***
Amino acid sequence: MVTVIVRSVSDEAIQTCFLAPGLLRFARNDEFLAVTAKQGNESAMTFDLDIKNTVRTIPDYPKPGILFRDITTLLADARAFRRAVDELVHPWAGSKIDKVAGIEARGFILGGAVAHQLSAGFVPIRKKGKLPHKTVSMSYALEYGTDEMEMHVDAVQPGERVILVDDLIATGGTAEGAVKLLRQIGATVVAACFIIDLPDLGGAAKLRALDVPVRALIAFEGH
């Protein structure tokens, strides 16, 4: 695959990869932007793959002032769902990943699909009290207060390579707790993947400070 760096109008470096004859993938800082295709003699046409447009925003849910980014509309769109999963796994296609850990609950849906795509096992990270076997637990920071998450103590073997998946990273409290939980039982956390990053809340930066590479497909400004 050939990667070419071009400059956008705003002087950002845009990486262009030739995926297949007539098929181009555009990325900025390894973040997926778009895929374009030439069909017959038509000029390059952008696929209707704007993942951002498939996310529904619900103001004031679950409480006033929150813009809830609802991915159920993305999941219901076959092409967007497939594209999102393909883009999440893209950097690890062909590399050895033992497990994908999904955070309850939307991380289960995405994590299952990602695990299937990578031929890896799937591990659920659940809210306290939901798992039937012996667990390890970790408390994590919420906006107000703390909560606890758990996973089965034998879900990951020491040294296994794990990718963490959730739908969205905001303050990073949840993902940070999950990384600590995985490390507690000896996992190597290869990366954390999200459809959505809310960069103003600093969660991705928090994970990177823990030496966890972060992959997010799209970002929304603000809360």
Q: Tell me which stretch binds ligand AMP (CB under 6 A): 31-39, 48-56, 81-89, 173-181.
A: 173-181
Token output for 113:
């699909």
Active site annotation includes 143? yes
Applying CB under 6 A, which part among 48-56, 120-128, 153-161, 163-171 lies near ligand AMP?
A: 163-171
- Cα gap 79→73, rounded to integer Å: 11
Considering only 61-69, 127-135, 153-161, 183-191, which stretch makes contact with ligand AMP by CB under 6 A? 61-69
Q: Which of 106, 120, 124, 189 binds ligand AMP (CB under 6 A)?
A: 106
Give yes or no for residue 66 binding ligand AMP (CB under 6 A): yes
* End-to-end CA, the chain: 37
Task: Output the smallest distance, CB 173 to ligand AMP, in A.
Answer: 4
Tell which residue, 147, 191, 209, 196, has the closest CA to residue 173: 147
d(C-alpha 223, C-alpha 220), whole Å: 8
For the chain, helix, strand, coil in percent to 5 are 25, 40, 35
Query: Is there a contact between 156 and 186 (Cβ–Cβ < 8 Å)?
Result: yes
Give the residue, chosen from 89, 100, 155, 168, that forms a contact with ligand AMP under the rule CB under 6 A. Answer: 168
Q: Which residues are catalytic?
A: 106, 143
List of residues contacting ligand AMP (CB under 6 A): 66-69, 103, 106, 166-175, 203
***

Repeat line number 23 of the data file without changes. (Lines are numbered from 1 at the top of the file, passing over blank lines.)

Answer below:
Give the residue, chosen from 89, 100, 155, 168, that forms a contact with ligand AMP under the rule CB under 6 A. Answer: 168